About Hawk’s Flight
When Taverik Zandro impulsively befriended a struggling young fellow merchant, he had no idea of Marko’s desperate secret. Something of a black sheep himself, he had no desire to become involved in affairs outside the ordinary. But after that first helping hand, Marko’s turbulent past entangles Taverik in a world of high politics and dark magic, and turns his own comfortably materialistic way of life upside down in more ways than one. When it is proven to him that he has been chosen along with Marko to defend the land against an encroaching evil that seems inexorable, Zandro wants nothing to do with his god-given role. Of course he has no choice…
Hawk’s Flight has been one of my favorite books since I was in seventh grade. I’ve probably read it more times than any other novel, and I hate that it’s out of print.
I hadn’t read Hawk’s Flight in years before picking it up now, and while the story still drew me in from the first page to the last, I did wince a few times at small contradictions or awkward writing in a few places. Honestly, though, I love the characters and the story far too much to care very deeply about that stuff.
The spiritual content is pretty pronounced, and follows a pretty strong parallel to Christian faith. Both Taverik and Marko realize they can’t sit back and be simple merchants anymore—they are caught up in a spiritual battle and have to choose a side. I loved Taverik’s quick wit and the way he hid what was important behind his cavalier humor, and the way Marko saw straight through all that. I loved the dynamic between them. I felt like they had great balance in strengths vs. weaknesses.
The cast of characters with point-of-view scenes gets pretty large as the story unfolds, but I didn’t have too much trouble keeping track of anyone. There is a character glossary in the back of the book to help in any case. The story also contains some interesting Pakajan language terms. My favorite is a strong insult—ikiji—second best. I thought it was cleverly used.
So… this book is out of print. I’ve never had trouble finding used copies for sale online, though. I’ve probably bought at least four or five copies over the years, mostly because I end up lending my copy out and buying another when it isn’t returned.
Six of Crows fans should check out this title. If you like fantasy with strong spiritual content, high adventure, and great romance, you definitely need to get a copy of this book. It’s been a long time since I read it for the first time, and it’s still one of my favorites.
Racial tension runs high between the native Pakajan (feels like a Nordic-type people) and the Massadarans, who’ve colonized the land and imposed restrictive laws against the Pakajans. Massadarans have dark hair and gray eyes—maybe more like Southern Europeans? A third race of Bcacmat people is a war-like race with harsh rules concerning women’s conduct.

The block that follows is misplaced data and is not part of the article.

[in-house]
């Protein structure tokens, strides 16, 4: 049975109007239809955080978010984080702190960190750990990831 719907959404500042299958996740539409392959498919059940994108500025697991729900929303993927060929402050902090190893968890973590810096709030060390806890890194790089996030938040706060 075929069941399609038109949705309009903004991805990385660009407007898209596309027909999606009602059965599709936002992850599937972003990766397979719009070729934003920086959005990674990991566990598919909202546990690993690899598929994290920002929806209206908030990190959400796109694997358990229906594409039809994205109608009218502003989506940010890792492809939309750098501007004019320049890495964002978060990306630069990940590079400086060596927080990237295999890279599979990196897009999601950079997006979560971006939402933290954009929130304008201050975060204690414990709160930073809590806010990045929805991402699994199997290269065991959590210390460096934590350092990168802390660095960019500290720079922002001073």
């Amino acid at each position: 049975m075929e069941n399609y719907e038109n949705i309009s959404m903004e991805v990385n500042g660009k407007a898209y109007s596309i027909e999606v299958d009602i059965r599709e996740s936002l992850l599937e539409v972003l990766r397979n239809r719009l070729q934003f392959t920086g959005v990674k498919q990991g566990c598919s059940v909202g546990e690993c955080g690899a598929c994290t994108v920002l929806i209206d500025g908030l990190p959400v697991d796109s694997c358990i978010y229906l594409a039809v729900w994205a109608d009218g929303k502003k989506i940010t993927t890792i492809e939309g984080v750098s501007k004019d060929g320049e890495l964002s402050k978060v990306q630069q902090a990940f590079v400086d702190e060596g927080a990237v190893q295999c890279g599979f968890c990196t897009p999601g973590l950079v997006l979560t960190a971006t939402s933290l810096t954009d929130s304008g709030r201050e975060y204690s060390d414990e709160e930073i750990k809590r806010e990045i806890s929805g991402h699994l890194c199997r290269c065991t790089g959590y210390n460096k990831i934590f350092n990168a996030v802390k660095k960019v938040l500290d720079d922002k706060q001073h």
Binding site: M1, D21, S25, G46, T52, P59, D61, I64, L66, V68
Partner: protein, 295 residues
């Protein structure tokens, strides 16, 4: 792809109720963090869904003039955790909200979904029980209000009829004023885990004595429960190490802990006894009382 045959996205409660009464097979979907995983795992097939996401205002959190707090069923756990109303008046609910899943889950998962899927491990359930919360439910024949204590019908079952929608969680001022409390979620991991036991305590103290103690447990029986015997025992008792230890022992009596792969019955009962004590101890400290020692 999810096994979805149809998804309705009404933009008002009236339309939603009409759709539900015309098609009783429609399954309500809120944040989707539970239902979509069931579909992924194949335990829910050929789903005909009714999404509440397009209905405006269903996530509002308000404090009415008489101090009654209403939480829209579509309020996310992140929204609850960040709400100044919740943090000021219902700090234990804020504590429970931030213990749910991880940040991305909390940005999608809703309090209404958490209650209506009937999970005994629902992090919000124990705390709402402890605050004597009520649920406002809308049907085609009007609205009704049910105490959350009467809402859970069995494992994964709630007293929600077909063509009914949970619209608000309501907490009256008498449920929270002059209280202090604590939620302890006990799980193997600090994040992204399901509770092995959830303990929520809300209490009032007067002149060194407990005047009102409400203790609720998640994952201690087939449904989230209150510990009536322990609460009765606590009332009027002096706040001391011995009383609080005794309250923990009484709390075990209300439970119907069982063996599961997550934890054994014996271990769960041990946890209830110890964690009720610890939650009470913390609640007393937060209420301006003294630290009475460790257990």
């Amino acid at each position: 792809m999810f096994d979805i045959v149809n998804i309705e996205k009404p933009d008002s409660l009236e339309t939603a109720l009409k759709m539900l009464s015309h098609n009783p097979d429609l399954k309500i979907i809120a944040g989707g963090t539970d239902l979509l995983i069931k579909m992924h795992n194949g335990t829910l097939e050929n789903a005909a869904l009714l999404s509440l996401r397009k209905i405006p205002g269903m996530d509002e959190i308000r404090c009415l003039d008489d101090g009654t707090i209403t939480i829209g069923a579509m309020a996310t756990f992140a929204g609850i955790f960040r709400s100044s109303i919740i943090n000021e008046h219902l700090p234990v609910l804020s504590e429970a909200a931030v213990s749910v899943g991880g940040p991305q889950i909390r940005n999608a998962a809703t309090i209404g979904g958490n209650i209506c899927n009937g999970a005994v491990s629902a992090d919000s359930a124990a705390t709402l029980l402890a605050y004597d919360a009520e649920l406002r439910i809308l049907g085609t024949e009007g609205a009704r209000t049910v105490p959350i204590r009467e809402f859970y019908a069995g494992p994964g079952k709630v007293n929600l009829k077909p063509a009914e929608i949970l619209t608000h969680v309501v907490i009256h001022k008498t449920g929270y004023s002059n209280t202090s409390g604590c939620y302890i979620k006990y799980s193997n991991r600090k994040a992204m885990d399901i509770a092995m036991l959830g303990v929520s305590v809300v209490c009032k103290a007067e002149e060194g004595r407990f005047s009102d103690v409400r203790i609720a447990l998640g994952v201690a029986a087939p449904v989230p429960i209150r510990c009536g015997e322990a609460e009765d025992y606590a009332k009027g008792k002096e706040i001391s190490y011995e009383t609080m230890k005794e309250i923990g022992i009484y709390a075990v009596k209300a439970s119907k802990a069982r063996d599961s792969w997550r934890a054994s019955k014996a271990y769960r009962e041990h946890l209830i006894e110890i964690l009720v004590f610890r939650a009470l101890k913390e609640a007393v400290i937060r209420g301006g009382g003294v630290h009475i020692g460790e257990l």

Profanity/Crude Language Content
Mild profanity used moderately frequently.
A man tries to check a companion’s chest wound only to discover that his friend is a woman. A few kisses between a man and woman. A couple teasing comments about masculinity or whether someone is gay. At one point a man makes asks his friend if he’s slept with a woman.
Marita worries about her menstrual cycle. One man refuses to touch her when he learns she’s on her cycle, claiming she’s unclean.
Very strong Christian parallels in the spiritual content. Pakajans (and Massadarans) traditionally worship a creator God called Zojikam. Taverik begins seeing signs of a cult who worships a black eagle and interacts with other lesser spiritual beings. The story follows a spiritual battle as well as a physical one, and Tav and others find they must choose a side as the spiritual battle spills over into their lives. The villain, who serves the Black Eagle, has several out-of-body experiences as he travels as a giant eagle, serving his master. They hear rumors of human sacrifice in the name of the Black Eagle. At one point, Tav and his friend encounter an angel-like being who helps them escape an evil spiritual being sent after them by followers of the Black Eagle. At another point, a giant Black Eagle attacks Taverik and he calls on Zojikam for help escaping. Tav and others attend prayer services honoring Zojikam and more than once a priest shares a prophecy.
Several battle scenes and fatalities. Bandits kill a boy during a caravan. Assassins kill several people for political reasons. Mostly these are sword wounds and knife fights. The descriptions aren’t grisly, but there are multiple scenes showing battles.
Taverik and others drink ale, wine, or brandy (they are of age). At one point Marko plans to get some rude students drunk so they can slip away without further trouble from them. She drinks too much brandy at one point and regrets it when her head becomes thick and she winds up with a headache.